LET’S LEARN FROM THE GREATS
Of all the great architects we have covered in our Pioneers series, this month’s subject,
Alvar Aalto, is an especial hero of the Lighting magazine team. Maybe it was his Finnish
sensibilities, maybe it was his love of nature, maybe it was the architectural training of the
time. Maybe it was a combination of all three, but Aalto ‘got’ lighting.
He instinctively understood its role in buildings and considered it vital to a successful
project. He managed to successfully translate, in various forms, lighting’s contribution to
our natural world into our built environment. It was always at the heart of what he did.
And not unlike previous Pioneers such as Poul Henningsen and Edison Avery Price,
he went as far as designing his own luminaires and furniture. His belief in design as a
Gesamtkunstwerk, a total work of art, was absolute. I can’t imagine an architect of the
current era designing a light fitting for pleasure in his or her spare time because they’re
unsatisfied with what’s on the market.
Would Aalto be held in such high esteem were light not such a key component of his art?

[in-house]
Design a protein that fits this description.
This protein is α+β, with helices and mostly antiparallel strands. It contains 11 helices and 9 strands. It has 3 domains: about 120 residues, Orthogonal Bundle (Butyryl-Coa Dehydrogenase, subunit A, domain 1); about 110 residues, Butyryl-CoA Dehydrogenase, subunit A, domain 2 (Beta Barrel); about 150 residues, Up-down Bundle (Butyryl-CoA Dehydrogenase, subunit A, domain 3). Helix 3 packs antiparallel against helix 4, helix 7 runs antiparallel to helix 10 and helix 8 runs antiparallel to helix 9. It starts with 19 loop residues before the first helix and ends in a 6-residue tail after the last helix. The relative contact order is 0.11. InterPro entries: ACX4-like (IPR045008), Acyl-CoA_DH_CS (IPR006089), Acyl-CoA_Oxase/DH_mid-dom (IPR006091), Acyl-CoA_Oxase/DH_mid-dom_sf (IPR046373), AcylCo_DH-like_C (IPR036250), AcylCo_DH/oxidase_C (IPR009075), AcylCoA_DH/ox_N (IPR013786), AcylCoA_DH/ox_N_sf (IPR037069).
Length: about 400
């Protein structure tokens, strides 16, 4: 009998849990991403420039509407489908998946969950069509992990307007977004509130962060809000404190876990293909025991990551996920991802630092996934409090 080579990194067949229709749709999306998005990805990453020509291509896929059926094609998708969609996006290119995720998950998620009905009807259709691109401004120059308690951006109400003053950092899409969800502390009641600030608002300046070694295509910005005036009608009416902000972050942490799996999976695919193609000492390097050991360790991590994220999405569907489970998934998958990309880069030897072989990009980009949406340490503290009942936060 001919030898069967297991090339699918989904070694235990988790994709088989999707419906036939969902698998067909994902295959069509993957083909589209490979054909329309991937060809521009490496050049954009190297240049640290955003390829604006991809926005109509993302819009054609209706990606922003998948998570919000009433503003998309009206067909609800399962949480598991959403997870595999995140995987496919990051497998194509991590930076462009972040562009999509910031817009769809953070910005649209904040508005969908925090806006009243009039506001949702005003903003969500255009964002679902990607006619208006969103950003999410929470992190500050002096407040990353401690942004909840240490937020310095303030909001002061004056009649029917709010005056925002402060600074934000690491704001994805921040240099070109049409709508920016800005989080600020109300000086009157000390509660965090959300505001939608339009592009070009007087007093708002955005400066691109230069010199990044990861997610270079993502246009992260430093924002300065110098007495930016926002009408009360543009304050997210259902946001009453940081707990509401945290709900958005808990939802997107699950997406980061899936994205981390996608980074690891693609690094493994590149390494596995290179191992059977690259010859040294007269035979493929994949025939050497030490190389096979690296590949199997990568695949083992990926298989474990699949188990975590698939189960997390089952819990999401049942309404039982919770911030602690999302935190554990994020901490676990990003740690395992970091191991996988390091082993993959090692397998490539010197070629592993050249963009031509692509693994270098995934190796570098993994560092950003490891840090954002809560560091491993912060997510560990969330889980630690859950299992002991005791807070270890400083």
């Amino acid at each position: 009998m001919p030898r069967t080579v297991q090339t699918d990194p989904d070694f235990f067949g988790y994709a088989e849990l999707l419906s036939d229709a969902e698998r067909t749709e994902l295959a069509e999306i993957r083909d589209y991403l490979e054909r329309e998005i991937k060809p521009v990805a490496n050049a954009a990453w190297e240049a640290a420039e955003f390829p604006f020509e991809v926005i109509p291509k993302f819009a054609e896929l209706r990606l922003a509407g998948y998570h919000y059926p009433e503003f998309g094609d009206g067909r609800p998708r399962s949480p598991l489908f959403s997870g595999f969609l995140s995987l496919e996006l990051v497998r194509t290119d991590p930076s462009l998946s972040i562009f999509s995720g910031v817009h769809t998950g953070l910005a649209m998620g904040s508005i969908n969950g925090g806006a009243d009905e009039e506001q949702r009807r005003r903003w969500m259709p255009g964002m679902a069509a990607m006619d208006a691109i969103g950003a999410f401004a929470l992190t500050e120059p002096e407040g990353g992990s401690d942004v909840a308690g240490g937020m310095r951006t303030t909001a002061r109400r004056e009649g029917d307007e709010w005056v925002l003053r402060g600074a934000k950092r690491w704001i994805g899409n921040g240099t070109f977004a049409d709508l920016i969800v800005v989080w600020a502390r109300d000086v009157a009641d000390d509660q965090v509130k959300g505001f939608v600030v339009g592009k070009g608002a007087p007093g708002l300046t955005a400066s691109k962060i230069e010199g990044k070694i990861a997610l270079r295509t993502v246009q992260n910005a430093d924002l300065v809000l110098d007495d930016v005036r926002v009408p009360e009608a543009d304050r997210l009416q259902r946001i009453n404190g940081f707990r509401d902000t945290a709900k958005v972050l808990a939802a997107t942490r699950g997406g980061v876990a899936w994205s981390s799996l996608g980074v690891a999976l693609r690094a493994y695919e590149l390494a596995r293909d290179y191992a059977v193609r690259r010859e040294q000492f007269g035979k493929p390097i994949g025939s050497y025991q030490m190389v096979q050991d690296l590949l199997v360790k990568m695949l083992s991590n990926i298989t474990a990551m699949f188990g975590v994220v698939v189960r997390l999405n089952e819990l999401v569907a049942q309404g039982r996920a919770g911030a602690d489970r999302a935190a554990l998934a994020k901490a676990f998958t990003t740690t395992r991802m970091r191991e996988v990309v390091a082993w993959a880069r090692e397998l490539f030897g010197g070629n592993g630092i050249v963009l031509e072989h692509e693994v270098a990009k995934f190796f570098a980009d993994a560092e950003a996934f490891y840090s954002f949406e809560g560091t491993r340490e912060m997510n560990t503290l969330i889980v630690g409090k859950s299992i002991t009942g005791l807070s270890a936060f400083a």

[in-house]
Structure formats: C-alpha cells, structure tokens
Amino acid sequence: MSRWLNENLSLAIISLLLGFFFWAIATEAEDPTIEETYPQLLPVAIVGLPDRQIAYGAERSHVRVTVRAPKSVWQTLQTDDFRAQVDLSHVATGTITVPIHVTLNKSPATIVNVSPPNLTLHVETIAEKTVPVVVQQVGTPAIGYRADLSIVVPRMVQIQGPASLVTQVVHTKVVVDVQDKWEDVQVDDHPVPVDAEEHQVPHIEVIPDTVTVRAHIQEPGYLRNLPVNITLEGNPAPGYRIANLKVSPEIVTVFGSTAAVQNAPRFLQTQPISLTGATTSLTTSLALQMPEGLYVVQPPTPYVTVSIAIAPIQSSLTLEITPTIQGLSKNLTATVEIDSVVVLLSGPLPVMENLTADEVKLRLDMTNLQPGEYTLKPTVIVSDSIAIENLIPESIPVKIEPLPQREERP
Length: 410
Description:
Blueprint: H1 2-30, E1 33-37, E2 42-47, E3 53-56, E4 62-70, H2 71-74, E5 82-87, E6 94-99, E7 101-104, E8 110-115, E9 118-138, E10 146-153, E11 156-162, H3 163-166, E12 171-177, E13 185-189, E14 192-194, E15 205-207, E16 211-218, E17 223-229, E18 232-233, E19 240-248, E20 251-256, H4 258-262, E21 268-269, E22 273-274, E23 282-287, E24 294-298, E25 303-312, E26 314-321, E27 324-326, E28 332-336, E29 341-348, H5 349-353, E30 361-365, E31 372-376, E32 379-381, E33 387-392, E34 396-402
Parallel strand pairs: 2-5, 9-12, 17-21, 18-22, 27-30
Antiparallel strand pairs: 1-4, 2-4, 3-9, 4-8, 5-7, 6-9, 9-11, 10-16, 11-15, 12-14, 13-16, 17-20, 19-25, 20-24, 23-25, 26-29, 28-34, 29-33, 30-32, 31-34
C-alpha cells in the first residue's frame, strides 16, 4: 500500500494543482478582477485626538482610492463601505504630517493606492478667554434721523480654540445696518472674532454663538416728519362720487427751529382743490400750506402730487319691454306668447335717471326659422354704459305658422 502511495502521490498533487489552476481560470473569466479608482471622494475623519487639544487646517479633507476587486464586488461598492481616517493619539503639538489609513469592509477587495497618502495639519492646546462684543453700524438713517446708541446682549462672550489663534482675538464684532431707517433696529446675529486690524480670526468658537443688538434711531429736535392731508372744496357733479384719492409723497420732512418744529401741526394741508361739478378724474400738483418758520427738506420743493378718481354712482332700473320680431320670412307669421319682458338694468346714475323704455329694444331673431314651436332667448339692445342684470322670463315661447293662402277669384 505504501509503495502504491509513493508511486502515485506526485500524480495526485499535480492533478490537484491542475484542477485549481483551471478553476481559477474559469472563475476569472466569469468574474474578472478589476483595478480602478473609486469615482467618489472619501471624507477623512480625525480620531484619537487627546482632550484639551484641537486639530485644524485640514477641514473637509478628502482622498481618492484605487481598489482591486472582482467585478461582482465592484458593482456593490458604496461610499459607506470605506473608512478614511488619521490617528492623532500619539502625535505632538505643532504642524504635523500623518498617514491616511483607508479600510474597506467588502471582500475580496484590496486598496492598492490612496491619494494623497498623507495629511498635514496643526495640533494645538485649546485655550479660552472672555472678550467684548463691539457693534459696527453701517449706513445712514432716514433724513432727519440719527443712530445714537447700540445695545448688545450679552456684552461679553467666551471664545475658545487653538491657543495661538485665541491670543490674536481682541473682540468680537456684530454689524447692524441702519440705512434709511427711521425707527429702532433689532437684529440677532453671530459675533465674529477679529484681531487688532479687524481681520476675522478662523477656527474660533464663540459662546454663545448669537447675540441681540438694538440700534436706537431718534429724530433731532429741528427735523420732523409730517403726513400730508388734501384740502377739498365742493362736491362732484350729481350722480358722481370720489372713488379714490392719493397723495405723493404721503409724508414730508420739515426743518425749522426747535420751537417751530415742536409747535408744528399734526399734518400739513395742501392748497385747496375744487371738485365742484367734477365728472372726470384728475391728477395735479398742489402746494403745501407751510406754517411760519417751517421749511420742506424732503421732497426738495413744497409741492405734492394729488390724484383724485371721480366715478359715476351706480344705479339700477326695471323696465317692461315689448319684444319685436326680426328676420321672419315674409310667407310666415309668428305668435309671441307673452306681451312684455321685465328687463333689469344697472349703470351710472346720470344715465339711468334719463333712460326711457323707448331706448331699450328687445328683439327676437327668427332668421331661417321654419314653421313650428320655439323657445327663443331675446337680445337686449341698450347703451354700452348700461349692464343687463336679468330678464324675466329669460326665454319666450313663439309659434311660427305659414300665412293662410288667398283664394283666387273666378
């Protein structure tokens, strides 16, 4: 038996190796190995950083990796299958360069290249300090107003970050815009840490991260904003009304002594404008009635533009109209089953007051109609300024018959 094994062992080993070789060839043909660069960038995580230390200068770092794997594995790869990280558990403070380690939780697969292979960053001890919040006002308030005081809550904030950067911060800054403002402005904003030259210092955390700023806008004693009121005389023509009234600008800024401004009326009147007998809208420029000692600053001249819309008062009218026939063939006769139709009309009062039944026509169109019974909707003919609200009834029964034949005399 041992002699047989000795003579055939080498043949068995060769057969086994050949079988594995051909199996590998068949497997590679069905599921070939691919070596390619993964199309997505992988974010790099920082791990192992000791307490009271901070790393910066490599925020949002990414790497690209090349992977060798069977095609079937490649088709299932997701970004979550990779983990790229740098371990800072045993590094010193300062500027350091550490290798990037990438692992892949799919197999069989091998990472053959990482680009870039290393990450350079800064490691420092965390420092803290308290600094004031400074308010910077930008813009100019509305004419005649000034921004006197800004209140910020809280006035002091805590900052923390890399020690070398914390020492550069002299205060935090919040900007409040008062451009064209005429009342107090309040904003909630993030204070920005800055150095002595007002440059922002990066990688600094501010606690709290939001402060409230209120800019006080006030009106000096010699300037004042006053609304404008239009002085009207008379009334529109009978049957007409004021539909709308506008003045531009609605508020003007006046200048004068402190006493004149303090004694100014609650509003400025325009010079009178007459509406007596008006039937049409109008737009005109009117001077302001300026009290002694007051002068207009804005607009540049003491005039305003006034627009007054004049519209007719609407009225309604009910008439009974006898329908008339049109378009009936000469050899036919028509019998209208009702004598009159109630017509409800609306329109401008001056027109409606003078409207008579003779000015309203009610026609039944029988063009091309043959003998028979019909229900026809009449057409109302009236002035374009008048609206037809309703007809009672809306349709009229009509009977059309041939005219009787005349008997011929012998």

I doubt it.
Previous generations of architects didn’t see a divide between form, artificial light and
daylight. But over the last few decades, that intrinsic link between architecture and light
has been broken as we entered the era of ‘specialisms’. Only now is lighting as a subject
starting to be rehabilitated and taught again in architecture schools.
We can learn immeasurably from Aalto and the other great innovators of the past. And
we can also educate each other through interdisciplinary communication – ie talking to
each other. Indeed, there is nothing more stimulating and inspirational than to hear an
expert speak passionately about their craft.
As part of Lighting magazine’s contribution to this debate and dialogue, we are instigating
the Masters of Light series of webcasts, which will take place fortnightly during 2016. This
will be an opportunity for all of us to gain insights from world-leading practitioners in
light. Some of the most incisive minds, including innovative lighting designers, artists and
architects, will discuss their pioneering work and explain their methods and philosophy
in special hour-long retrospectives hosted by Lighting magazine editors. You can even put
your questions and join in the discussion. And best of all, these fortnightly webcasts are
free to view: simply register at www.lighting.co.uk/mastersoflight to participate.
We will also be hosting a series of live events with inspirational speakers in association
with our partners, as well as curating a full programme of speakers and discussion
about lighting in buildings at the lightspace events in Abu Dhabi in April and London in
November. And it’s all free, so please get involved, join the debate, and let’s start to break
down some of the barriers that have been built up in recent decades.
Ray Molony, Editor
17 COMMENT LIGHTING MAGAZINE
LIGHTING • DECEMBER2015
ING LIGHT ING